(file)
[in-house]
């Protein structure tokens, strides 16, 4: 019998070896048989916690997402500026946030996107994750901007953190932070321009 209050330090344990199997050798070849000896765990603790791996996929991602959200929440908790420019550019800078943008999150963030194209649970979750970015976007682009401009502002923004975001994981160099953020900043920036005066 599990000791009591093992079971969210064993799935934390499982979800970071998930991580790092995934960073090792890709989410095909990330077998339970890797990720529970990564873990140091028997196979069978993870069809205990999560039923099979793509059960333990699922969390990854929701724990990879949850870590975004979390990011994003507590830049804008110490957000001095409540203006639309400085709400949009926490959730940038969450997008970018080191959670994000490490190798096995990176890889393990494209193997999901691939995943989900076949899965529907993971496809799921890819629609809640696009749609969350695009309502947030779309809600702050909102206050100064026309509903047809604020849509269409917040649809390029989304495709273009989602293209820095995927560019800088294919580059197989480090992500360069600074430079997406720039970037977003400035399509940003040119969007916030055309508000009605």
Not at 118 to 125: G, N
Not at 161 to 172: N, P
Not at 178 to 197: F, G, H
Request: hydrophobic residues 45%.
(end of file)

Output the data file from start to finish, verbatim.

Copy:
[in-house]
């Protein structure tokens, strides 16, 4: 019998070896048989916690997402500026946030996107994750901007953190932070321009 209050330090344990199997050798070849000896765990603790791996996929991602959200929440908790420019550019800078943008999150963030194209649970979750970015976007682009401009502002923004975001994981160099953020900043920036005066 599990000791009591093992079971969210064993799935934390499982979800970071998930991580790092995934960073090792890709989410095909990330077998339970890797990720529970990564873990140091028997196979069978993870069809205990999560039923099979793509059960333990699922969390990854929701724990990879949850870590975004979390990011994003507590830049804008110490957000001095409540203006639309400085709400949009926490959730940038969450997008970018080191959670994000490490190798096995990176890889393990494209193997999901691939995943989900076949899965529907993971496809799921890819629609809640696009749609969350695009309502947030779309809600702050909102206050100064026309509903047809604020849509269409917040649809390029989304495709273009989602293209820095995927560019800088294919580059197989480090992500360069600074430079997406720039970037977003400035399509940003040119969007916030055309508000009605």
Not at 118 to 125: G, N
Not at 161 to 172: N, P
Not at 178 to 197: F, G, H
Request: hydrophobic residues 45%.